, January 22, 2008 (ENS) - California Governor Arnold Schwarzenegger, a Republican; Pennsylvania Governor Edward Rendell, a Democrat; and New York Mayor Michael Bloomberg, an Independent, stood beneath a Los Angeles highway interchange on Saturday to announce the formation of a non-partisan national coalition that will lobby for federal investment in America's decaying infrastructure.
The need amounts to at least $1.6 trillion dollars over the next five years, they said, a need too great for any one level of government to handle alone.
"So we all got together and we decided that we should form a partnership, that we'd form a coalition," Schwarzenegger said. "You have an Independent here, you have a Democrat here, a Republican. I mean, how much better can you get? And we are soul mates. We totally believe that we must rebuild America."
In the short term, the coalition will work with presidential candidates and the platform committees of the national political parties to ensure that the next president understands the enormity of the infrastructure crisis and is committed to increasing federal funding, the three officials said.
From left: Governor Arnold Schwarzenegger, Governor Ed Rendell, Mayor Michael Bloomberg announce the Building America's Future coalition. (Photo courtesy Office of Governor Schwarzenegger)
"This coalition is going to demand that the presidential nominees tell us what their position on infrastructure is, talk to us about what their goals and dreams are for building a better American infrastructure," said Governor Rendell.
"In July of this year I take over as the chair of the National Governors Association," said the Pennsylvania governor, "and with Governor Schwarzenegger's help, we the governors are going to focus attention like a laser on infrastructure."
The new coalition, called Building America's Future, will be not-for-profit organization made up of elected and executive officials serving at the state and local levels of government.
"Our coalition is going to be made up of literally hundreds of local and state government officials and leaders," Governor Rendell said. "It's going to include private sector associations and individuals, and it is going to go everywhere to beat the drum for infrastructure for America's future."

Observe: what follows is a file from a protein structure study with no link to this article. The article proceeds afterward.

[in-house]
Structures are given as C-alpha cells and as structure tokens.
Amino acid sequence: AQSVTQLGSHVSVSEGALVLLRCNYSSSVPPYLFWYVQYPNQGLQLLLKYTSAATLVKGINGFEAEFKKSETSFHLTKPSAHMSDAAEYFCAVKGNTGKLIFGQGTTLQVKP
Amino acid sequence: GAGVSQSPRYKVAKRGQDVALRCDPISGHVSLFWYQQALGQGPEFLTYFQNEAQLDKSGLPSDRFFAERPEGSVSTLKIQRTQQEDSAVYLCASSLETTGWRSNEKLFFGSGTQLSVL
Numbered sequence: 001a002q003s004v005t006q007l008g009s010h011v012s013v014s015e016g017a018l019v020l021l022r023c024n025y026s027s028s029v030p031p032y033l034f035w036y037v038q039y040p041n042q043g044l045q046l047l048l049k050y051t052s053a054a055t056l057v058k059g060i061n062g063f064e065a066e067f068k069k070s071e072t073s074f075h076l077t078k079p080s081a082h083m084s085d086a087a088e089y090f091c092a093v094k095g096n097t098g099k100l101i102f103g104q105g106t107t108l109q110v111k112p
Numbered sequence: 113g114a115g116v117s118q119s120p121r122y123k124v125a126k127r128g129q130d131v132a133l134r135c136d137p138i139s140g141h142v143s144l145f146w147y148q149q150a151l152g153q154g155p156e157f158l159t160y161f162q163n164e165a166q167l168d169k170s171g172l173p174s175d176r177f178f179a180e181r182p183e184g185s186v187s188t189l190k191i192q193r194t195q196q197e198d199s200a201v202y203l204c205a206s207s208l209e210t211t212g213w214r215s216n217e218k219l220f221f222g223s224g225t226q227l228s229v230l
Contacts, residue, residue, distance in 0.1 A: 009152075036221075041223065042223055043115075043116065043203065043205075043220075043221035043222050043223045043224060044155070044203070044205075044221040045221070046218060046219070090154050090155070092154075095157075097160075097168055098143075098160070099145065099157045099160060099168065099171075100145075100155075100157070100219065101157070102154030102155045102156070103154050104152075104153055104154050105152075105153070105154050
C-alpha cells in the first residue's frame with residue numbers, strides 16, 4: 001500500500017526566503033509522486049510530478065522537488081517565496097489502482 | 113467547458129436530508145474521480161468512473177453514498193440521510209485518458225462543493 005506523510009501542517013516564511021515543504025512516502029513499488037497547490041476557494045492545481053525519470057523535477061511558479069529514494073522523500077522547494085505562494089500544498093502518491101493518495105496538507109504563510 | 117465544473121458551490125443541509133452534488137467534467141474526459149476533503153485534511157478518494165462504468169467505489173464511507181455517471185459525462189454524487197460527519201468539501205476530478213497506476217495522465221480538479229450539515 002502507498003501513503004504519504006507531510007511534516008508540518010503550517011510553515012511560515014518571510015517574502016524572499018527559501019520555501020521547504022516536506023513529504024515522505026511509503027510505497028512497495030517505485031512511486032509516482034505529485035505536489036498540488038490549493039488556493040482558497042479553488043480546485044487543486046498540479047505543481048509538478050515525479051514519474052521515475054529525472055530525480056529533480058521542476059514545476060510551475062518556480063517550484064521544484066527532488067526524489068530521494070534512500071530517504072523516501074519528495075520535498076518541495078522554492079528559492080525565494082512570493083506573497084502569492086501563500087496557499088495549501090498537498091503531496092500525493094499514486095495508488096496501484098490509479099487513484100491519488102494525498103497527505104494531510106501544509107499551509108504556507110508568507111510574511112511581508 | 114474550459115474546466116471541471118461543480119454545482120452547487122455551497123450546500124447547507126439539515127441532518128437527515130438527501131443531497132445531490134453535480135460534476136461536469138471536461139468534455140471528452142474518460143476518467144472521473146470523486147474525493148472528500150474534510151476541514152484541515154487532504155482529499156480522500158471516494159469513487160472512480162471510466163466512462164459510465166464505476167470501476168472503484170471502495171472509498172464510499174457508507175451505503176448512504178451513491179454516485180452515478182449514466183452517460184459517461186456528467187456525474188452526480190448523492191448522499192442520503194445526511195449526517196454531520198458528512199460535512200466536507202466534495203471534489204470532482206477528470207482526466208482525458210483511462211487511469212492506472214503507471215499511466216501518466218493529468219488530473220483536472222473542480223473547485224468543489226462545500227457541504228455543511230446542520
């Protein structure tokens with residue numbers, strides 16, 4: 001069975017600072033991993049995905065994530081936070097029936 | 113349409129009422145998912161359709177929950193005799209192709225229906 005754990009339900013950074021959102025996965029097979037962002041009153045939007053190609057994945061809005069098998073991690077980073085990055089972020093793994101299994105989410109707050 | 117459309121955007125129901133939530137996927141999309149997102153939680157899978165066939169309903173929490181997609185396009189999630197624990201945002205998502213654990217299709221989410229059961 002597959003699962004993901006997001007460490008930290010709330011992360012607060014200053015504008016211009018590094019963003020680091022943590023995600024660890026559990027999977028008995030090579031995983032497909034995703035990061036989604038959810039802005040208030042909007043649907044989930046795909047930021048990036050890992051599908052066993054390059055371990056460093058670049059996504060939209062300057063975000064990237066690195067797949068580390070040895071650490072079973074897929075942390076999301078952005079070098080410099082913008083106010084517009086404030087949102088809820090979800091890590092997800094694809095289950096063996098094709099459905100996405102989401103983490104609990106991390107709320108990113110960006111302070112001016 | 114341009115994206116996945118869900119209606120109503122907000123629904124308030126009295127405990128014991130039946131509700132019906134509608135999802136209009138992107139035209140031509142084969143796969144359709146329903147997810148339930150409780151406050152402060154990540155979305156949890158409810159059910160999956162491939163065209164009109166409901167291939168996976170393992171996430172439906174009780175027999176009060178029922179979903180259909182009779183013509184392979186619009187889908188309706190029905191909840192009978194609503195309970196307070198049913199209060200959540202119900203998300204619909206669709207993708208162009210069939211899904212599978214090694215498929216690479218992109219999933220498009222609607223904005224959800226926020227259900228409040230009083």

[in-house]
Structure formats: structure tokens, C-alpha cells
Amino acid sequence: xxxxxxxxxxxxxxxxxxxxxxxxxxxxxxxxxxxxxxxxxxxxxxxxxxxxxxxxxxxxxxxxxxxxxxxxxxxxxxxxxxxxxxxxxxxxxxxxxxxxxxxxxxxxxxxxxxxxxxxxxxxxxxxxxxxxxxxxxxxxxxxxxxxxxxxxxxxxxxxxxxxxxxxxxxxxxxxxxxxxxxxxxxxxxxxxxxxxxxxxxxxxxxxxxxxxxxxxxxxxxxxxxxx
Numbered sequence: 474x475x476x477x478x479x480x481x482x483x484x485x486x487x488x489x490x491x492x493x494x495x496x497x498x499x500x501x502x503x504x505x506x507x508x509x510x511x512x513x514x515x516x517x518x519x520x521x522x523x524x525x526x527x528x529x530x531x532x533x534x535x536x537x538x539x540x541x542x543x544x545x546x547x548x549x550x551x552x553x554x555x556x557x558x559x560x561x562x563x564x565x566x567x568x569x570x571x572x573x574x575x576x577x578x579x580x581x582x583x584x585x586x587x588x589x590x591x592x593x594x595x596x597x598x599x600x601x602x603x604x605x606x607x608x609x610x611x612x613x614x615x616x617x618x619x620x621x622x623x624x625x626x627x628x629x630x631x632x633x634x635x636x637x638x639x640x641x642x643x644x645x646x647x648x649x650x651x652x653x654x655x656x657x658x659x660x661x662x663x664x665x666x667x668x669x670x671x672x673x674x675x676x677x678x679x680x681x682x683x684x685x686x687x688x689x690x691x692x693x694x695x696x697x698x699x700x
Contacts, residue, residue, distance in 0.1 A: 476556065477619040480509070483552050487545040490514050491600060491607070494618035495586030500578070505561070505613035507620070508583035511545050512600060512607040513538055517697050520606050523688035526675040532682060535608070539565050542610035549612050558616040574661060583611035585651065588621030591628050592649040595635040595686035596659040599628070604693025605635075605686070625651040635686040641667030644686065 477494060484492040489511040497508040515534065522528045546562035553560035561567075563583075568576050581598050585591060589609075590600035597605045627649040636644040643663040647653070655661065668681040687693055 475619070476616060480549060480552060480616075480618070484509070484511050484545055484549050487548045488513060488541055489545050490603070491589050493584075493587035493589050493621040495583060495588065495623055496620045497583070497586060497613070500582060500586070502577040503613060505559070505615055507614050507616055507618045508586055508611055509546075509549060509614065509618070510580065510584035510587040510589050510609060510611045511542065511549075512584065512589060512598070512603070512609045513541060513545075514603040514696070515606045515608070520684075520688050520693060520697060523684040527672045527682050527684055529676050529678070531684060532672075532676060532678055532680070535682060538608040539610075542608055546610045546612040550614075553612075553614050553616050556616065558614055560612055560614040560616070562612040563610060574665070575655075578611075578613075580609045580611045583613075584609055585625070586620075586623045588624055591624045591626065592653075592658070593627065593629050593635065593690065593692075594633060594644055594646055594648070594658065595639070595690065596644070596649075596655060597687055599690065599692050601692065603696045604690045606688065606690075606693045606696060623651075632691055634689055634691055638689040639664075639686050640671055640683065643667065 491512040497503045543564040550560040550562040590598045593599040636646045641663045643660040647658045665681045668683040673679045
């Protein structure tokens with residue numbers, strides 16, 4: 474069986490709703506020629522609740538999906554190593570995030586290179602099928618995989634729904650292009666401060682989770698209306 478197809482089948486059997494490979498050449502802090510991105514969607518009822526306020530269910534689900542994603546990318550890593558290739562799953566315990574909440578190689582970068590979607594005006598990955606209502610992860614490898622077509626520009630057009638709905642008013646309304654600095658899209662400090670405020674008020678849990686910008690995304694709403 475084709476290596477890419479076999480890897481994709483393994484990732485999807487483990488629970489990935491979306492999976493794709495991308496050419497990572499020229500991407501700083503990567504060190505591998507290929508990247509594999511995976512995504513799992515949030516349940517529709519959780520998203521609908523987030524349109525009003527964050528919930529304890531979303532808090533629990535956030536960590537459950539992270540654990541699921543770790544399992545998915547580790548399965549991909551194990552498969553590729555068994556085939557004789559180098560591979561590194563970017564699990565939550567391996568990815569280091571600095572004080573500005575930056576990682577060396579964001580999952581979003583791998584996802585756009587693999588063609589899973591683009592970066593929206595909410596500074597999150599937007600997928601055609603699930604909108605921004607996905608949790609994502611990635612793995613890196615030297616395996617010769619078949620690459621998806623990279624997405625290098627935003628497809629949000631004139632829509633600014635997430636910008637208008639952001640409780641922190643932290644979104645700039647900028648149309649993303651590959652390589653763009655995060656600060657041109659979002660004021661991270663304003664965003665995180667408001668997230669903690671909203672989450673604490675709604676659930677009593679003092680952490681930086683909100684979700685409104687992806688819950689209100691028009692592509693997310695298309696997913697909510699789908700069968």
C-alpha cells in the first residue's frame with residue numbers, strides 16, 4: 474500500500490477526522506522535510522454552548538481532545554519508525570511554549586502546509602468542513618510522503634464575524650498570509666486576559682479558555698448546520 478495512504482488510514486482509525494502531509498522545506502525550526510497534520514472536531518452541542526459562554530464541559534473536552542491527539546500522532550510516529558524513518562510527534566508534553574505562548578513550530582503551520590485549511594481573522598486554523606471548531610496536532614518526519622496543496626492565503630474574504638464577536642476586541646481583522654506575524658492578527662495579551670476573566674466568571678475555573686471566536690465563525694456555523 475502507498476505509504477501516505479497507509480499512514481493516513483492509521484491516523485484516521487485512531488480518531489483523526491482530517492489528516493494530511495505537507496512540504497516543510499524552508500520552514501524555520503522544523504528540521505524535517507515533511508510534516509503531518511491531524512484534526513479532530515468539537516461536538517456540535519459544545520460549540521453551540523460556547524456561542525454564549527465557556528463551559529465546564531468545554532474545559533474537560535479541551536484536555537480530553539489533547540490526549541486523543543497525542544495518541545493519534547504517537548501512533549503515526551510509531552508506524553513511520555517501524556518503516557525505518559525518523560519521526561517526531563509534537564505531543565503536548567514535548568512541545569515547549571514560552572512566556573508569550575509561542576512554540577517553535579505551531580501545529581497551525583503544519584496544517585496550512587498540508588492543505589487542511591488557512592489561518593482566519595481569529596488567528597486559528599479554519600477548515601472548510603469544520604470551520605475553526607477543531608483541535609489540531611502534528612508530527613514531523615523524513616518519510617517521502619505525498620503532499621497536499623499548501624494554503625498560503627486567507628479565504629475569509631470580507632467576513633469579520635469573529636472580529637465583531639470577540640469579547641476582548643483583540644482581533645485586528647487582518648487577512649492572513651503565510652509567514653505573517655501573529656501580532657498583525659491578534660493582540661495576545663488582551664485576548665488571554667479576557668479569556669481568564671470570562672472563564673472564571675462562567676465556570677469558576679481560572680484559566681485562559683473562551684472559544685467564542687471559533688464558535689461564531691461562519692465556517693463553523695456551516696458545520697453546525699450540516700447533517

"We have an infrastructure crisis," said Mayor Bloomberg. "Nonstop television showed us in New Orleans when the levees broke, and Minneapolis when the bridge collapsed. But the governors and the mayors of this country every day see at an operational level bridges that are rusting away, and tracks that can't carry high speed trains, and power transmission lines that can't keep up with demand, and airports that need new runways, and water lines that need backup systems, and sewage plants that leak into the rivers and the oceans."
"If we continue to ignore these problems we are going to suffer more collapses, more human tragedies, and more economic pain, and that's just in the short term," Bloomberg said. "Over the long run we really are going to risk losing our place as the world's leading super power."
"China, Japan, India, Dubai, Malaysia, Europe, all of them are investing in modern infrastructure at higher rates that we are here in the United States," the mayor said. "But Congress is setting back and resting on its accomplishments of past generations, our parents' generation. And they can only go on this way for so long before the rest of the world starts to pass us by. And we are here to say we cannot let that happen. We cannot hand our children a country that is crumbling from neglect."
"America needs $1.6 trillion worth of infrastructure over the next five years, yet federal investment has been cut in half as a percent of gross domestic product since 1987," said Governor Schwarzenegger. "This is disastrous because without adequate infrastructure to quickly and safely move goods and people our economy and our traffic will stop dead in its tracks."